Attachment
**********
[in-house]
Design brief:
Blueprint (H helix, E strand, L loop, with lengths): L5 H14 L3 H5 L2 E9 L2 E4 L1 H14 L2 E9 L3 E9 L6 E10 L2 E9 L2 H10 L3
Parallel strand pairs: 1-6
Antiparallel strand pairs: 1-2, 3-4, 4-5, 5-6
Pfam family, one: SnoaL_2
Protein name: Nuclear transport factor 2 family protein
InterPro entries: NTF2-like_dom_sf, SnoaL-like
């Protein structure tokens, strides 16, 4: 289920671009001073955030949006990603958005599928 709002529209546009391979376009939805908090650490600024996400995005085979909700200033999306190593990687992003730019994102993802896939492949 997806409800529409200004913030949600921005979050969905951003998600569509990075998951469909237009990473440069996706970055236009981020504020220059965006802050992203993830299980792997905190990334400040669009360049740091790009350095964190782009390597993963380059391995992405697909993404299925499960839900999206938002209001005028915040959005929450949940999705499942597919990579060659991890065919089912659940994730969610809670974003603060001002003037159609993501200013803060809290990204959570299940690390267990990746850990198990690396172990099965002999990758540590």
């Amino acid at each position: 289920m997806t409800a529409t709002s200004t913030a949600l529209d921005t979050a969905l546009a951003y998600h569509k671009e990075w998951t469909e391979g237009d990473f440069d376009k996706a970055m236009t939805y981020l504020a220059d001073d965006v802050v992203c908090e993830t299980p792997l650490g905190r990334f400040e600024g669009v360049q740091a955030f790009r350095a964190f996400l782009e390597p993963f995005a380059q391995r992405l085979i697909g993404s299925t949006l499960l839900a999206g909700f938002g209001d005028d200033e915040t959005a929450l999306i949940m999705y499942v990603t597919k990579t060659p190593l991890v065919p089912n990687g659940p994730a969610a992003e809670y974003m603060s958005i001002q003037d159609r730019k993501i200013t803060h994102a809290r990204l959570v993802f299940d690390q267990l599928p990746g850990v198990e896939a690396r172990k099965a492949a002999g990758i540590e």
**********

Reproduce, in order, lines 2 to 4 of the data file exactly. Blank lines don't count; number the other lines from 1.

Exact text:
Design brief:
Blueprint (H helix, E strand, L loop, with lengths): L5 H14 L3 H5 L2 E9 L2 E4 L1 H14 L2 E9 L3 E9 L6 E10 L2 E9 L2 H10 L3
Parallel strand pairs: 1-6